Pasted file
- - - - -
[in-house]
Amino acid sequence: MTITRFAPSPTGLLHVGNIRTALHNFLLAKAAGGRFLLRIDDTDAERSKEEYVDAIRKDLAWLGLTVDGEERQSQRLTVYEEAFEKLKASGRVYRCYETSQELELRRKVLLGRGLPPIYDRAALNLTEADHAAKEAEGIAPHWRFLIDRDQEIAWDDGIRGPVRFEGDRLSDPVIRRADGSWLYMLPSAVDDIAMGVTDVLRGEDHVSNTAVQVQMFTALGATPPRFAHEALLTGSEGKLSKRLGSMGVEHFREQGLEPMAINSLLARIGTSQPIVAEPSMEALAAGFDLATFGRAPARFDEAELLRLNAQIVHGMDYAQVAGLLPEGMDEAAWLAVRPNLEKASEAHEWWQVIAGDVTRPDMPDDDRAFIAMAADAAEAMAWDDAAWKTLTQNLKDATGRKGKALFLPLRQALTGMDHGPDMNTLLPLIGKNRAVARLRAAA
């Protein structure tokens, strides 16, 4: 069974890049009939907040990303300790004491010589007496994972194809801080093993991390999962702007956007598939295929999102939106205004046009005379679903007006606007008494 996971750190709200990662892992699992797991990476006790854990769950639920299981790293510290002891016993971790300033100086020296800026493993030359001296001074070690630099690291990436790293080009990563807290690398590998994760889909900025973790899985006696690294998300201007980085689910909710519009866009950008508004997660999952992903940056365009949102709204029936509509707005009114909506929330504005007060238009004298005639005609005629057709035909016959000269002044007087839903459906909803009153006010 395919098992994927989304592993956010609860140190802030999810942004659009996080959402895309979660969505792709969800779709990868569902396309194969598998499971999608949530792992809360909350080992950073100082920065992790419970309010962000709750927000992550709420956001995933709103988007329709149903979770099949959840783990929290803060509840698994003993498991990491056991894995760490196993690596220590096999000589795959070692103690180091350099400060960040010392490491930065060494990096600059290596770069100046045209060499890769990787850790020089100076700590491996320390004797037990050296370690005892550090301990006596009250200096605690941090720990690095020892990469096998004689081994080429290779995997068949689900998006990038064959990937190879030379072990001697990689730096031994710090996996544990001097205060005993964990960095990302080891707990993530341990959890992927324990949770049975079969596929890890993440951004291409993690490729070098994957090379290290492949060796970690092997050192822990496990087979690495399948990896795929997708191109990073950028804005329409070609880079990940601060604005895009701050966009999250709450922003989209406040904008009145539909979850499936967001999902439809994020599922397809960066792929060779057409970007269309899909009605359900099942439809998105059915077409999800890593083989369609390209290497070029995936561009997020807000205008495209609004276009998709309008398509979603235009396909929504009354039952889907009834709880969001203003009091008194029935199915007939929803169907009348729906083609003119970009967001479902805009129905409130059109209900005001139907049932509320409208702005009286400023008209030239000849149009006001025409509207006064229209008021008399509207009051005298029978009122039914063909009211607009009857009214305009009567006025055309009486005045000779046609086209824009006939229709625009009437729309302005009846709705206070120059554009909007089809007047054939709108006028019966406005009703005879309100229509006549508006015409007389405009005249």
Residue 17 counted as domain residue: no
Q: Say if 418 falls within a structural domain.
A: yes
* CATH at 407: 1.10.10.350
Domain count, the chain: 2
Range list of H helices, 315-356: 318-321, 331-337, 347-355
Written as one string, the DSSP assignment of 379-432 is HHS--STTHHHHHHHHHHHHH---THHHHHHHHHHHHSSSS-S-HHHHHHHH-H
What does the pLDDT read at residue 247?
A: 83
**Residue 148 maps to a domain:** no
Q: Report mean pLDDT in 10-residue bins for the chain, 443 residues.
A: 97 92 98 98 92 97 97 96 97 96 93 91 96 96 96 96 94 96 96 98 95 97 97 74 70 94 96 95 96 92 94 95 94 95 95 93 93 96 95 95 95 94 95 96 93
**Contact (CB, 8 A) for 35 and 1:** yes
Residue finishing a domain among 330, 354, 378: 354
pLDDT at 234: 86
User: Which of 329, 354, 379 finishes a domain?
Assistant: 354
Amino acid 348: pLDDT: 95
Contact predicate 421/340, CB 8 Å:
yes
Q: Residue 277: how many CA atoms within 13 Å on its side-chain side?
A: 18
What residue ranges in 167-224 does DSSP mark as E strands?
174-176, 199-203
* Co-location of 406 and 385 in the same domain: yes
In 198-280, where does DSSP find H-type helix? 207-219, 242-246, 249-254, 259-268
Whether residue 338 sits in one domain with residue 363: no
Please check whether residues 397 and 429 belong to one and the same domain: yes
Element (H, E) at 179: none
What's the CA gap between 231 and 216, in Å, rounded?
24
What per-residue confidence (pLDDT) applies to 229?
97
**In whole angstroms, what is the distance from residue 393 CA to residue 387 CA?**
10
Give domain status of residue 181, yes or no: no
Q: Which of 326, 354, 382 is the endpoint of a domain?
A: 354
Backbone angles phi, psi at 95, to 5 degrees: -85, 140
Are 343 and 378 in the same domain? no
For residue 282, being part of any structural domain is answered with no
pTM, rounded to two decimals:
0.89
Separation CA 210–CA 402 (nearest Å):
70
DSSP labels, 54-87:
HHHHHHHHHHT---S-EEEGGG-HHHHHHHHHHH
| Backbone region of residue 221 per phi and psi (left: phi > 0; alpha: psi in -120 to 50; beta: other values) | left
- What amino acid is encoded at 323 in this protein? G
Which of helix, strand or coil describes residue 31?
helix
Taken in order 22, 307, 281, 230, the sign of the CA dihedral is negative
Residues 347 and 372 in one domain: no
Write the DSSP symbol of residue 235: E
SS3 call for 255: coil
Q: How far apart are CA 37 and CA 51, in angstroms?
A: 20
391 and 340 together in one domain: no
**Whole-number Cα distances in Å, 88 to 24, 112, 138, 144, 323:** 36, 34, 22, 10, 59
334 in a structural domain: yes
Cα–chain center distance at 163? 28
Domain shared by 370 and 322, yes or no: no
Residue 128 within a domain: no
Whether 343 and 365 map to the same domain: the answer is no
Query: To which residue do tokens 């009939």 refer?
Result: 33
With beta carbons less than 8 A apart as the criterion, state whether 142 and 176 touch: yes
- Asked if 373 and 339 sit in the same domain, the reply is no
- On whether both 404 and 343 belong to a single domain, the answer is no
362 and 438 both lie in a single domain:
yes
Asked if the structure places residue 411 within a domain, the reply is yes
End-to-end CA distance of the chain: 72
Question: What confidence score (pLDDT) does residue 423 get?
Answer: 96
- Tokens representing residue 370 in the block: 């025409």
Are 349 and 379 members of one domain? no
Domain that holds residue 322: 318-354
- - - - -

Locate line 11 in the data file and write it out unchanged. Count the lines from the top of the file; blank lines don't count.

What does the pLDDT read at residue 247?